Exercise 2.6.19. Let be the vector space consisting of all cubic polynomials of the form and let be the subset of consisting of only those cubic polynomials for which . Show that is a subspace of and find a set of basis vectors for .

Answer: For to be a subspace it must be closed under both vector addition and scalar multiplication. First, suppose is a member of and consider the vector for any scalar . By the constant factor rule in integration we then have

So is also a member of and is closed under scalar multiplication.

Second, suppose is also a member of and consider the vector . By the sum rule in integration we have

So is also a member of and is closed under vector addition.

Since is closed under both scalar multiplication and vector addition it is a subspace of .

We now attempt to find a set of basis vectors for . If is in then it is in the form . Taking the indefinite integral of we have

where is a constant.

The definite integral of over the interval from 0 to 1 is then

Since is a member of we then have

We can create a set of basis vectors for by constructing vectors meeting this criterion. For the first basis vector we arbitrarily set and . We then have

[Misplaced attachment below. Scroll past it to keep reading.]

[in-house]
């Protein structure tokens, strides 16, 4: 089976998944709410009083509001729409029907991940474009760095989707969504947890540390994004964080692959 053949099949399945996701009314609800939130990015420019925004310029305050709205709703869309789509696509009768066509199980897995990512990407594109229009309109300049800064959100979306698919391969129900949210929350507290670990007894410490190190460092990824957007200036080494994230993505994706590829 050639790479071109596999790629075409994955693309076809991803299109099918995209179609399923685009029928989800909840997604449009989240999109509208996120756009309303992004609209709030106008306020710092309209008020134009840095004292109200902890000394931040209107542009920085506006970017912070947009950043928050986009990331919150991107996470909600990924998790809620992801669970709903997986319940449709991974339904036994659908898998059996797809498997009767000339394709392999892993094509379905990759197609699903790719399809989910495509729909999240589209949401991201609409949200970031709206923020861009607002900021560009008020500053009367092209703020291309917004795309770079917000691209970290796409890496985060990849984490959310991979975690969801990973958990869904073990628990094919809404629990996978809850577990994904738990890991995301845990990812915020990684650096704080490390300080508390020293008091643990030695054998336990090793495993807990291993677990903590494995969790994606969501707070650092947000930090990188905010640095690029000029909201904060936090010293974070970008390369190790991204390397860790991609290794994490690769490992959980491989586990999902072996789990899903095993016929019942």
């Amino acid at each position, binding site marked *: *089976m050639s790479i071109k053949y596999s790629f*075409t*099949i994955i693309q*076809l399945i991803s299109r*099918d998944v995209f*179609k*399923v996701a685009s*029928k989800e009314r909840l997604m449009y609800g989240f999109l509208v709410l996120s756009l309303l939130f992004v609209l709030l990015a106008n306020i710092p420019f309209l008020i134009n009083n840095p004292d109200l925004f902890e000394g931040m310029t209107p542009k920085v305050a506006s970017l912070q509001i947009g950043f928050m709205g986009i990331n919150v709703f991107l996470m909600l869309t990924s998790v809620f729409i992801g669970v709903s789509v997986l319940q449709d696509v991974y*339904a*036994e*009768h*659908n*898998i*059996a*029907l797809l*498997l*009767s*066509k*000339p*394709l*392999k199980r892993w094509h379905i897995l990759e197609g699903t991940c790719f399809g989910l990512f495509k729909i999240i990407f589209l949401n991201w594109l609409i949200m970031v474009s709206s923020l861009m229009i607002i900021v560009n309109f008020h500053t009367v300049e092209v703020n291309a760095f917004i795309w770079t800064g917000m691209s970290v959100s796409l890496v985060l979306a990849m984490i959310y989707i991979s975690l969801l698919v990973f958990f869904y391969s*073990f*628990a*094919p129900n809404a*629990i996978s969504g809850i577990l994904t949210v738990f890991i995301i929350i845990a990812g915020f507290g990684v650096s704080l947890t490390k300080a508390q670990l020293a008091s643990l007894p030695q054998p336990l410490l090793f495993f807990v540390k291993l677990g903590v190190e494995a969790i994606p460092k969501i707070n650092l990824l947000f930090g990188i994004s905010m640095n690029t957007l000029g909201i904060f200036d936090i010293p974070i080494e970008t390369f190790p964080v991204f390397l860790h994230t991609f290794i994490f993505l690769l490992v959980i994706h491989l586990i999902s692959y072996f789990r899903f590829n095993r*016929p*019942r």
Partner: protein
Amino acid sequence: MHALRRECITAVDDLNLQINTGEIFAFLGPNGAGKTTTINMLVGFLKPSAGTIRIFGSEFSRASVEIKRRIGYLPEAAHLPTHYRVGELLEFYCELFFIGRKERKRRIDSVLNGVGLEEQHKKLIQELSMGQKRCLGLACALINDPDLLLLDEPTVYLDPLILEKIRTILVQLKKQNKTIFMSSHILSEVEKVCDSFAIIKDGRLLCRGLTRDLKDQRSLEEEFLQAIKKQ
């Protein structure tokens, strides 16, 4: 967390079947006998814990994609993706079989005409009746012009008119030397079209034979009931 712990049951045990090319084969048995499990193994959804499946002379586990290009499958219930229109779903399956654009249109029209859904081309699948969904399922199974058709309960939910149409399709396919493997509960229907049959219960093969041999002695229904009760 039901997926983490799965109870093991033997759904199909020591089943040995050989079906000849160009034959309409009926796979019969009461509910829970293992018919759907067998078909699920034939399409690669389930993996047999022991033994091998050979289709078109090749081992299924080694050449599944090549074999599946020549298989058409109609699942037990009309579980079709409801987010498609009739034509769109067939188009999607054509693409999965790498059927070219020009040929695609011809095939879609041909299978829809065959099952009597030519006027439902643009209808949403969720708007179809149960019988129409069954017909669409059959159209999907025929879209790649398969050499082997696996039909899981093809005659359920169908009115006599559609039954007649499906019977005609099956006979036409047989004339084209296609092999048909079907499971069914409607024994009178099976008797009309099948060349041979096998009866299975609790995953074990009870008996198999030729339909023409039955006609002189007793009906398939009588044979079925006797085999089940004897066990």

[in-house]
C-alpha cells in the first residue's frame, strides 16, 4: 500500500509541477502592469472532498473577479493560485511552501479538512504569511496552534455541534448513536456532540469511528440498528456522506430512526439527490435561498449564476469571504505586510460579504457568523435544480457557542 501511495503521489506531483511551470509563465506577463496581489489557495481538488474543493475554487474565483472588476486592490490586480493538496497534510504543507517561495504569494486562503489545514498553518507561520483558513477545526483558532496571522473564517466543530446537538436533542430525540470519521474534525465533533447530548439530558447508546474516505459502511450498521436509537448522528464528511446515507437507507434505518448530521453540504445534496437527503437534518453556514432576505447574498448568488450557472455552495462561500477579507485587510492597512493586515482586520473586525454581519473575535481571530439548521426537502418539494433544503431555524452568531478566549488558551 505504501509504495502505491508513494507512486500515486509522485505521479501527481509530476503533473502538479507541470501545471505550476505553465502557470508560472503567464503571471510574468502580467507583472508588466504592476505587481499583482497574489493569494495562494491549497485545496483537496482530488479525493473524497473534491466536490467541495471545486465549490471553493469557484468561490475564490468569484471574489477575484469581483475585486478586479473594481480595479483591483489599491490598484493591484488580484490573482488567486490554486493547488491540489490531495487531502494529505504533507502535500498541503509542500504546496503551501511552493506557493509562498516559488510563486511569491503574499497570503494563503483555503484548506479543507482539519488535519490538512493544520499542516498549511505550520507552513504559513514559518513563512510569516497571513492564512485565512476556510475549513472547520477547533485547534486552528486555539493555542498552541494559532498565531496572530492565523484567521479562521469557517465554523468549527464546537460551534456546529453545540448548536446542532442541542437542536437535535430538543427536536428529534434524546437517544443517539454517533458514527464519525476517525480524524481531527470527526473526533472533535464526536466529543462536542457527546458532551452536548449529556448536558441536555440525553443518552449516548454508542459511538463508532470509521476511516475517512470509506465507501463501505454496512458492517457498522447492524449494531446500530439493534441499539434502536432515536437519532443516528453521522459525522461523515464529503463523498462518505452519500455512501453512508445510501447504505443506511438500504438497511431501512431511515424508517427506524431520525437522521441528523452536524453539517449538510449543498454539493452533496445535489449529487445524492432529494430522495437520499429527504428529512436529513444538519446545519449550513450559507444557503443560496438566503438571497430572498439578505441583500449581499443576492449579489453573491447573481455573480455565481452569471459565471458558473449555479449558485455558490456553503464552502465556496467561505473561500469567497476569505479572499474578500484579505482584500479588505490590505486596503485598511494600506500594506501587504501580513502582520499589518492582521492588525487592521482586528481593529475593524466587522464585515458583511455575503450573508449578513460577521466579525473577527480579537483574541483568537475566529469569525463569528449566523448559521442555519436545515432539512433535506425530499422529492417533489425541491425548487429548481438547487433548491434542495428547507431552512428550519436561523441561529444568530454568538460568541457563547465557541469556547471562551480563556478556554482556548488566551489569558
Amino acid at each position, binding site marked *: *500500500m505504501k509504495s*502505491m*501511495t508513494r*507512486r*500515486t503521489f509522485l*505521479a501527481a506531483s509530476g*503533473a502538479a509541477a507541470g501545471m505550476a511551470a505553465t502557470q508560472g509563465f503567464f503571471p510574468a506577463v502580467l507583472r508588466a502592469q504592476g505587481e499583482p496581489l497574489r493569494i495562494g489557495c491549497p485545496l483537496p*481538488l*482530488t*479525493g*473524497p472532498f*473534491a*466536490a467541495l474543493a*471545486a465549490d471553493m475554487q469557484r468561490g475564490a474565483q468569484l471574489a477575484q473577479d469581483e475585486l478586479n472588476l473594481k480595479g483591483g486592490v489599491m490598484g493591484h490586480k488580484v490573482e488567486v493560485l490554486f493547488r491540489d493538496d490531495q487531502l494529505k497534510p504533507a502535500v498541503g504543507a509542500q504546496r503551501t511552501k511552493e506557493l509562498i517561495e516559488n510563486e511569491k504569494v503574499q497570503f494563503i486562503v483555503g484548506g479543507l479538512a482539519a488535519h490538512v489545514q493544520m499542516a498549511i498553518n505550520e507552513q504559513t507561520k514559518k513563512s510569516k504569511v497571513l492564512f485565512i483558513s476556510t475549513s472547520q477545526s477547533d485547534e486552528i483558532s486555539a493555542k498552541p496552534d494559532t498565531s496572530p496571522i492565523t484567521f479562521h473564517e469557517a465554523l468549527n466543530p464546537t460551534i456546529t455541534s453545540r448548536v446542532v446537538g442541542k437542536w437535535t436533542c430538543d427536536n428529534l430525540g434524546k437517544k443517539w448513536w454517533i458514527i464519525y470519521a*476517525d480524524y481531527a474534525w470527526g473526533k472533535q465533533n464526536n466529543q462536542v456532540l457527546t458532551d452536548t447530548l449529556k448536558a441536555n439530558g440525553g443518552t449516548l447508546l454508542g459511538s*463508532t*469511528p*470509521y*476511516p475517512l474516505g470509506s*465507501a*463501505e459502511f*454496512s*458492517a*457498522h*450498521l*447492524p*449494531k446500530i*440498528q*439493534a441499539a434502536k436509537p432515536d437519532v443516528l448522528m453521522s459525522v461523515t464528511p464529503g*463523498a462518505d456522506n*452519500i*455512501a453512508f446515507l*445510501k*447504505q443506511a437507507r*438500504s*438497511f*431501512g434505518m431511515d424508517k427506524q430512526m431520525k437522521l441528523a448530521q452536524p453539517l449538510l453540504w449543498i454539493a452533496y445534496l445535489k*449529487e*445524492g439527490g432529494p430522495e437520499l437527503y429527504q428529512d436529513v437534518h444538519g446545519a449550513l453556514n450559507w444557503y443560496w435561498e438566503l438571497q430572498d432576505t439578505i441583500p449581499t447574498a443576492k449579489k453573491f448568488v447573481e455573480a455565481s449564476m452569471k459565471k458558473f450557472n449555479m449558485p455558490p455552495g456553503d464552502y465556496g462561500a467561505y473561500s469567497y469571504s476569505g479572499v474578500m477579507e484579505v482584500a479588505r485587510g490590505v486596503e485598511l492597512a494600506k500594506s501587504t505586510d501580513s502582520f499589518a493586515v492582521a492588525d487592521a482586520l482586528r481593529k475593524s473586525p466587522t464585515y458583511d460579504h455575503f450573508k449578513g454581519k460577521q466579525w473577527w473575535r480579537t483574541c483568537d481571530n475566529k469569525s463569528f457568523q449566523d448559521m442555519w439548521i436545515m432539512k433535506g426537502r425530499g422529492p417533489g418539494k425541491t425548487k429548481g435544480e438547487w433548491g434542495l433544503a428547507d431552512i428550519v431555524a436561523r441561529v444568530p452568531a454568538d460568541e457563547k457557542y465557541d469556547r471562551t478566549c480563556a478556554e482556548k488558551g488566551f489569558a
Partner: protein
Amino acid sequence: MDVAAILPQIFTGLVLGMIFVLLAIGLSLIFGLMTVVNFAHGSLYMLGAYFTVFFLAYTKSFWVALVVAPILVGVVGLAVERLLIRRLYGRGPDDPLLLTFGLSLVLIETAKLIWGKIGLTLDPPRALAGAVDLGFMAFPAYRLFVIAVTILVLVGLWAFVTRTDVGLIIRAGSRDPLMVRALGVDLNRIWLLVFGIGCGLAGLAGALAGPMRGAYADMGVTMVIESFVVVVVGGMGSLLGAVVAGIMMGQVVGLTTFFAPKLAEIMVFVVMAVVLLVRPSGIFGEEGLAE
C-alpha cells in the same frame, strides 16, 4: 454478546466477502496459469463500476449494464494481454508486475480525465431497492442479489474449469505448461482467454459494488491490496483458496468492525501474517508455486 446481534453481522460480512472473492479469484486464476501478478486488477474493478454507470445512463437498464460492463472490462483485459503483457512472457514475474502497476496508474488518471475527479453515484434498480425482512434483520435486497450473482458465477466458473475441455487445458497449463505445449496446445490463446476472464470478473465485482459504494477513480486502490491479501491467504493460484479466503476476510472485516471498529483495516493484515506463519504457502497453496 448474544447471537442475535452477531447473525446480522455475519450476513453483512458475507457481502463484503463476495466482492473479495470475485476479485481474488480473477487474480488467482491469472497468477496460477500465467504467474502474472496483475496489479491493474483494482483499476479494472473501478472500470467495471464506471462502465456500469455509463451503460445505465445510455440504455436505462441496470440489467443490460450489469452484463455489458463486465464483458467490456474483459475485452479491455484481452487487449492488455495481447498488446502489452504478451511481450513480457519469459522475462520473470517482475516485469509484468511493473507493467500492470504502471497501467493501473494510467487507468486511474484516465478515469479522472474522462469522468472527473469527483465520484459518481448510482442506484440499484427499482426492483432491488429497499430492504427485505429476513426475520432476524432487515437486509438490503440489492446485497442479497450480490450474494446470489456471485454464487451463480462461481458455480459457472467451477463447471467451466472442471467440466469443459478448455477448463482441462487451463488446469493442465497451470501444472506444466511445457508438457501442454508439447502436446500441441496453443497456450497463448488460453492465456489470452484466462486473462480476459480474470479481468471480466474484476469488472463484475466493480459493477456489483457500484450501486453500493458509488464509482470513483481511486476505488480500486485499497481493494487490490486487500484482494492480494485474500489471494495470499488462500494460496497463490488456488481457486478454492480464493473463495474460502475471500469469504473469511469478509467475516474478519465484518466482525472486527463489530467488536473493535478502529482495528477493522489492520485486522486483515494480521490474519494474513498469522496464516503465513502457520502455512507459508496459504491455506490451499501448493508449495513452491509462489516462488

So our first basis vector is corresponding to the polynomial .

For the second basis vector we arbitrarily set and . We then have

So our second basis vector is corresponding to the polynomial . Note that this vector is linearly independent of the first basis vector since it includes a term in that the first vector lacks.

For the third basis vector we arbitrarily set and . We then have

So our third basis vector is corresponding to the polynomial . Note that this vector is linearly independent of the first and second basis vectors since it includes a term in that those vectors lack.

The subspace can have at most three basis vectors. (If had four basis vectors then since they would be linearly independent they would span and we would have . But this is not the case.) The following vectors can thus serve as a basis for :

corresponding to the polynomials , , and respectively.

NOTE: This continues a series of posts containing worked out exercises from the (out of print) book Linear Algebra and Its Applications, Third Edition by Gilbert Strang.

If you find these posts useful I encourage you to also check out the more current Linear Algebra and Its Applications, Fourth Edition, Dr Strang’s introductory textbook Introduction to Linear Algebra, Fourth Edition and the accompanying free online course, and Dr Strang’s other books.

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